One question going into a week in which the tape was painfully thin across the board was whether rebalancing would have a demonstrable effect on markets and/or continue to fuel a reversal of the “buy stocks”, “sell bonds” trade that characterized the weeks following Donald Trump’s election.
Well, it does indeed appear that rebalancing flows played a role on Thursday and also on Friday as Treasury yields dipped to post-FOMC lows. As Bloomberg noted this afternoon, “volumes surged into the futures close, [and] included a 5Y block trade with ~$435k/DV01 [as well as] ~80k 10Y contracts traded over a 3- minute period.”
It’s also possible that this week’s well-bid 5Y and 7Y auctions were bolstered by investors looking to meet their month-end targets.
Here’s Morgan Stanley with some brief desk commentary:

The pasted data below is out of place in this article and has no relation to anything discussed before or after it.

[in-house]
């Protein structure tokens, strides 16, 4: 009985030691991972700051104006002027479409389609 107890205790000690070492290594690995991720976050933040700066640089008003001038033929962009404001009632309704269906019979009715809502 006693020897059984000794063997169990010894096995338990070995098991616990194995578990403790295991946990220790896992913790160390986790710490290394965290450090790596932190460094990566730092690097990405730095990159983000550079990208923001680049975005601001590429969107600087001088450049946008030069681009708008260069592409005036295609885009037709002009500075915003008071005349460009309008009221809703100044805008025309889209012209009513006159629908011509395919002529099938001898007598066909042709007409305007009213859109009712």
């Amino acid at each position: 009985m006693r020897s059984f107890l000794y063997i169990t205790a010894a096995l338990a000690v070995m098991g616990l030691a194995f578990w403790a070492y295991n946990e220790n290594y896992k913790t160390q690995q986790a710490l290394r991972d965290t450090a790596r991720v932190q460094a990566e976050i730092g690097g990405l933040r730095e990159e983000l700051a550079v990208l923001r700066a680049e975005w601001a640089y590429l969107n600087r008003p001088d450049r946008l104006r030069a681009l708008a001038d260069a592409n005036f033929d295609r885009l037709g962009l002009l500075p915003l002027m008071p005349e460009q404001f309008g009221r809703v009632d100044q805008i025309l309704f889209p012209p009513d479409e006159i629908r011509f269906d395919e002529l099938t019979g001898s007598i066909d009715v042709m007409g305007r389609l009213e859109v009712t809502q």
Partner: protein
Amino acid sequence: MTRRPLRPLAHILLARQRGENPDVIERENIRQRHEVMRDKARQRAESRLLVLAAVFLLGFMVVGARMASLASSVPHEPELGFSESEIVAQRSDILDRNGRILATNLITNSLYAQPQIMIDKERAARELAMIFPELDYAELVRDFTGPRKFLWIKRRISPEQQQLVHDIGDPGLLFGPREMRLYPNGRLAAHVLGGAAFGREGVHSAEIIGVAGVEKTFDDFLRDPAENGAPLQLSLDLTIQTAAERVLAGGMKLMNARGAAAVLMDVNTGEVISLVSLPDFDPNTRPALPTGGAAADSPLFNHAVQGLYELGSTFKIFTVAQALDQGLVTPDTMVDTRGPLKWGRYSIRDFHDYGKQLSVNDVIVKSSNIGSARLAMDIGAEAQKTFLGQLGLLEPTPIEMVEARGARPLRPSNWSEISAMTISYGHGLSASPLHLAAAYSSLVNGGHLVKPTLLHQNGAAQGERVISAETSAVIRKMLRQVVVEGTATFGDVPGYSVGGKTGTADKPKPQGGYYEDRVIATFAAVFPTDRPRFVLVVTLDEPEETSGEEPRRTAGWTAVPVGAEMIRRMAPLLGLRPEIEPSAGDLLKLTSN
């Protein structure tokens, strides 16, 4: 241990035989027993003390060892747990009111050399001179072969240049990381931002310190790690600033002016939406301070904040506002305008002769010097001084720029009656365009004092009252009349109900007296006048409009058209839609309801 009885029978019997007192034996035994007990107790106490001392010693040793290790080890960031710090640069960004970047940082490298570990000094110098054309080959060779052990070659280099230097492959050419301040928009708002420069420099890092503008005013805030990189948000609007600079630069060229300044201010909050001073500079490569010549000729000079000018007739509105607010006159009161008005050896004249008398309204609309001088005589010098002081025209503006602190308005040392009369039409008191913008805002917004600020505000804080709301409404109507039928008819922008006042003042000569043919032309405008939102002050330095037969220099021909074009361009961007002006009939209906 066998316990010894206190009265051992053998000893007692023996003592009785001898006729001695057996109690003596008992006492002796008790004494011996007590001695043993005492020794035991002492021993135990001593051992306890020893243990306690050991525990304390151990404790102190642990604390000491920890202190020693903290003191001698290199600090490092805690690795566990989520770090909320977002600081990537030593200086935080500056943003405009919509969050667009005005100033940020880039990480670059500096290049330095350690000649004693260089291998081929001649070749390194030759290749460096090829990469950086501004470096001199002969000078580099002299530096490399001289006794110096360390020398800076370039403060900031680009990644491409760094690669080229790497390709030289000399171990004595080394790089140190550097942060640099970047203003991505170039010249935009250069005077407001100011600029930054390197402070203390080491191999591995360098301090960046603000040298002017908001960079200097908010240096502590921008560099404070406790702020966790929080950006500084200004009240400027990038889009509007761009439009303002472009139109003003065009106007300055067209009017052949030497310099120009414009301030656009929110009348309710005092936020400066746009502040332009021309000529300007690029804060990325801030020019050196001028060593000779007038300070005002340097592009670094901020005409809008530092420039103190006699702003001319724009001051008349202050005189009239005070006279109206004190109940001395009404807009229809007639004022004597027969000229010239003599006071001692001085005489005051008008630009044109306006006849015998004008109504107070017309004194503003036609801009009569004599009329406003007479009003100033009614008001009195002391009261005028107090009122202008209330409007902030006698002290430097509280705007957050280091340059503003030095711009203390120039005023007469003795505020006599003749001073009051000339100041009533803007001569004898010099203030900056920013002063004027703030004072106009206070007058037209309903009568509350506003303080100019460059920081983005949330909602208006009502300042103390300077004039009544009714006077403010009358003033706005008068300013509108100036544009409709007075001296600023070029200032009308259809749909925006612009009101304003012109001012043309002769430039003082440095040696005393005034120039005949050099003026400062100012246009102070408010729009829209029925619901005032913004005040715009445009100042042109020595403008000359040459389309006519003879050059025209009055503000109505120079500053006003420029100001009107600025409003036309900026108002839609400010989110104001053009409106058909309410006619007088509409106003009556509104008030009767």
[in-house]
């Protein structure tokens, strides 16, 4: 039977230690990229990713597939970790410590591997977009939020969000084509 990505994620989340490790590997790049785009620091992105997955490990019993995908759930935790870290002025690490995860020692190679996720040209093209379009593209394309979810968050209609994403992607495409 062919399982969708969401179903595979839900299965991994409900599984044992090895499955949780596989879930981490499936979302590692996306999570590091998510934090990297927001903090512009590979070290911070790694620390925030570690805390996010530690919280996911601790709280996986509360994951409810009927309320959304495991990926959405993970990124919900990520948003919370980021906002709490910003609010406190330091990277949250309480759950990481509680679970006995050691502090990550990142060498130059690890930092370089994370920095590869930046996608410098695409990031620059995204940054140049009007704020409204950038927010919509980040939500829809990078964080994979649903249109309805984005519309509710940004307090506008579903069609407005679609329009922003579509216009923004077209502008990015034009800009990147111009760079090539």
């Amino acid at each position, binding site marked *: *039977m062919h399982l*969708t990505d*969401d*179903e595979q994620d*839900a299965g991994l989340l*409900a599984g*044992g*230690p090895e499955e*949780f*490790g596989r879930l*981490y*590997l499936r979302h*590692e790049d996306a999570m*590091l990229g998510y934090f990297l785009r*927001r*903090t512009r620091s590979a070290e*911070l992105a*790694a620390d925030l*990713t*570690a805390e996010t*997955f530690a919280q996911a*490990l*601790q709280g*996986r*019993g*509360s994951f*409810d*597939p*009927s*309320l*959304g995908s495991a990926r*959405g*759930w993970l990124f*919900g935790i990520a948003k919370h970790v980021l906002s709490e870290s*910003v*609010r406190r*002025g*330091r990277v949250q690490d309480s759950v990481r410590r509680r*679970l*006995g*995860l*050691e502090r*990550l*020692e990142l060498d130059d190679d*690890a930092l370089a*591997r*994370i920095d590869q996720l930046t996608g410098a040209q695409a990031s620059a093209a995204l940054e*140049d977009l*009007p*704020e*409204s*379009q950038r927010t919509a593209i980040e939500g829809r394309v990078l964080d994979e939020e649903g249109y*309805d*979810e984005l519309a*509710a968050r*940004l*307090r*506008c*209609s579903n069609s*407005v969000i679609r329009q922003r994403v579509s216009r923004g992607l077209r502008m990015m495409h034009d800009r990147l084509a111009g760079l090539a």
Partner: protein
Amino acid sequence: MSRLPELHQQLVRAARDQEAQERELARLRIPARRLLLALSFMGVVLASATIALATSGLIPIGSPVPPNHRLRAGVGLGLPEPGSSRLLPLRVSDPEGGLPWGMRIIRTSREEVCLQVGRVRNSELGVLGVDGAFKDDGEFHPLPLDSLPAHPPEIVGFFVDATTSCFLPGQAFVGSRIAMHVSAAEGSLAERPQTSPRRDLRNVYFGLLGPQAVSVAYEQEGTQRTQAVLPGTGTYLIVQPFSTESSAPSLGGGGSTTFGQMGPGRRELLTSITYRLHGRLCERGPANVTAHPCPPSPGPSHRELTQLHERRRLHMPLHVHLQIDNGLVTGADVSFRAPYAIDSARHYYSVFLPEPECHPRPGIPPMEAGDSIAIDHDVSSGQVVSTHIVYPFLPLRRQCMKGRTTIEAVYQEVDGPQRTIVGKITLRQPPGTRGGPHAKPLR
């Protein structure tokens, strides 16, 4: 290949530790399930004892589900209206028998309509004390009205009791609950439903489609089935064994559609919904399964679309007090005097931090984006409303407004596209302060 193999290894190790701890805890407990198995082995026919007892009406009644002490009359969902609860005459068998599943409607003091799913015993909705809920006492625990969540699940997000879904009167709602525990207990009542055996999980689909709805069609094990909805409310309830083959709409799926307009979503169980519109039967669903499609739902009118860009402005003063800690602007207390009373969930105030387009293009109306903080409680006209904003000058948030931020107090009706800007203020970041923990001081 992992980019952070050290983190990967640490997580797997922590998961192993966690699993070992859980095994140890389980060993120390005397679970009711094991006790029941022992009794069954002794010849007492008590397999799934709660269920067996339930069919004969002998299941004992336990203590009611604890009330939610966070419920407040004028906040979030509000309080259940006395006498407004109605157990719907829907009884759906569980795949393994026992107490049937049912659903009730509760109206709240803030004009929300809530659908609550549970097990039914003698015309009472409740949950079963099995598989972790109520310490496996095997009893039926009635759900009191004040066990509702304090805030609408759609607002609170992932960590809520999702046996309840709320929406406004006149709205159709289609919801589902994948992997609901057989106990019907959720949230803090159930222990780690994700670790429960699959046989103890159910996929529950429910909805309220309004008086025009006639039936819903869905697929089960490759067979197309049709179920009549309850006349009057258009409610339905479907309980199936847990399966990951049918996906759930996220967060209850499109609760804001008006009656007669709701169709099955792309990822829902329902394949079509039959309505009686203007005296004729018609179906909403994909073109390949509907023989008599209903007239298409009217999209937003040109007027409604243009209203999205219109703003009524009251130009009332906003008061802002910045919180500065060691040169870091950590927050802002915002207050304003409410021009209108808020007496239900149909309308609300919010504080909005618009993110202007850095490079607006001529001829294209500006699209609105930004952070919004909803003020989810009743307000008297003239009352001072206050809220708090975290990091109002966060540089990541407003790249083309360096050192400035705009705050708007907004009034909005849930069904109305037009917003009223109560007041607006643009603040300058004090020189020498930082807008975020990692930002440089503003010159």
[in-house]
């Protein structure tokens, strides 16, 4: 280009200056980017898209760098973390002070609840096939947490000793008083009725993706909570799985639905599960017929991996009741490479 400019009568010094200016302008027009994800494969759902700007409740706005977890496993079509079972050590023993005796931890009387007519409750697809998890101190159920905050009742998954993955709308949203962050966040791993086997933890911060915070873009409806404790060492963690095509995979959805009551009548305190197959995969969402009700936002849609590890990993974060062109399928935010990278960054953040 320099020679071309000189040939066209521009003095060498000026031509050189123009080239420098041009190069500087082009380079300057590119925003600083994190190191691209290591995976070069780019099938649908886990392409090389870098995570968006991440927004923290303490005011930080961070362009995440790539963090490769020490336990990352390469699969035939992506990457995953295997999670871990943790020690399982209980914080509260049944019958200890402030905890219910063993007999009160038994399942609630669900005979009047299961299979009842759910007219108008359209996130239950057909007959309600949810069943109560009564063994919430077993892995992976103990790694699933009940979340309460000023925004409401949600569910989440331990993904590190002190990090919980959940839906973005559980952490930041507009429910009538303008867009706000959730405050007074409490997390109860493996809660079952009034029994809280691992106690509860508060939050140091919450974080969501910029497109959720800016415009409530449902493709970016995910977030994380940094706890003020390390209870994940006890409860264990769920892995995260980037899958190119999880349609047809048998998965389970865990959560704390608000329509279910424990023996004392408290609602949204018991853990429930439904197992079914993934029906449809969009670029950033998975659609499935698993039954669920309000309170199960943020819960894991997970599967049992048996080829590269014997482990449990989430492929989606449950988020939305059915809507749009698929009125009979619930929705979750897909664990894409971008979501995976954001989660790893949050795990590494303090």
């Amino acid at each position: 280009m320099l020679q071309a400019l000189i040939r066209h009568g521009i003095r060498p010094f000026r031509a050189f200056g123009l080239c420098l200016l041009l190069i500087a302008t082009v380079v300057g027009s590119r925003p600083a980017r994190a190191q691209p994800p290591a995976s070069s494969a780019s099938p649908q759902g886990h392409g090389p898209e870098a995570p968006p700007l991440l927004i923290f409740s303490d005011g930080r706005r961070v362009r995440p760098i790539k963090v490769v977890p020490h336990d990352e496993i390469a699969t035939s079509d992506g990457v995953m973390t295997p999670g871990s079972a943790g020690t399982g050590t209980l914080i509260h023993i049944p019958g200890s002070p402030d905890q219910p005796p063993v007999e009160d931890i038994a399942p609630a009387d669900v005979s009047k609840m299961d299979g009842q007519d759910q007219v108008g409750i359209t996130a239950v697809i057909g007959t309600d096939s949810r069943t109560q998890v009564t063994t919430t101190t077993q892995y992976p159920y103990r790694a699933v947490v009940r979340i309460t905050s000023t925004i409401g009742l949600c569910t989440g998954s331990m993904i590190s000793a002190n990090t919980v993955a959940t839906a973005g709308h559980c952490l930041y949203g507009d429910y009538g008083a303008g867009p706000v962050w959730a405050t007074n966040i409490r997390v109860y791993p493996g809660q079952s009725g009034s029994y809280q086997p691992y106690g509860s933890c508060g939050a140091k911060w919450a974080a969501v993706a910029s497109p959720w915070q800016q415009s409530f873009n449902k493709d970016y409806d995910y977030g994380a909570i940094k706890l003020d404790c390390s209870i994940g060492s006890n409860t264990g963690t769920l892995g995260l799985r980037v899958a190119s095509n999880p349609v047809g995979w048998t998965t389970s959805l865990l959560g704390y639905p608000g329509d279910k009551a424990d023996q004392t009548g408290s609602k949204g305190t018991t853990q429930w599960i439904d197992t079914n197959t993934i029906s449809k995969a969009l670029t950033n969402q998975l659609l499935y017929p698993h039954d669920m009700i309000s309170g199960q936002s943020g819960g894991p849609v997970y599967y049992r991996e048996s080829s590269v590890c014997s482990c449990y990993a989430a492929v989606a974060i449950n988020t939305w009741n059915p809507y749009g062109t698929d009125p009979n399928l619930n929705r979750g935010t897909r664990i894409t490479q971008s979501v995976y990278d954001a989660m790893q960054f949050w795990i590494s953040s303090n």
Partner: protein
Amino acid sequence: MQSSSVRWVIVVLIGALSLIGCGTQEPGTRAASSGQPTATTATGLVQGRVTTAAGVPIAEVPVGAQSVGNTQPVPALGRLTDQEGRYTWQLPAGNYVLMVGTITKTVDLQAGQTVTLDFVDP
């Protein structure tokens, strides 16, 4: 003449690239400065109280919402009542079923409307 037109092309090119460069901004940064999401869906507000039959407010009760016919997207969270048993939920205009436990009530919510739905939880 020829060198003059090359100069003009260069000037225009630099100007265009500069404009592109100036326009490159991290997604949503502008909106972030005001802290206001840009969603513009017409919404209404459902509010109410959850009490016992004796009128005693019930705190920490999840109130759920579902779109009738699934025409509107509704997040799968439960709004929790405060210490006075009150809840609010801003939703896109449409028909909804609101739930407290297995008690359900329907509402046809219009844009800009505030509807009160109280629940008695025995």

Much of the month/quarter/year-end demand for bonds from index duration extension and portfolio rebalancing seemed to have gotten done before Friday’s abbreviated and lightly attended trading session at the very strong 5-year and 7-year auctions and buying surrounding them on Wednesday and Thursday. But there was still a decent bid after mid-morning Friday in thin rates market trading before the early close that accelerated shortly before the 1:00 futures close and sent yields to another day of post-FOMC meeting lows across the curve. Outperformance by long-end futures versus slightly softer stocks suggested pension rebalancing activity continuing, and rising index extension related buying was noted by our desk after some light morning selling and moves into steepeners. There has seemed to be a widespread sentiment among fast money investors and real money investors who make active duration bets of wanting to be positioned short the market moving into 2017, but such investors have generally, it seems, decided to stay out of the way of the month-end bid, or been pushed out of the way in the short covering following the 5-year and 7-year auctions, while waiting for more liquid conditions to resume next week to establish or add to positions looking ahead to 2017.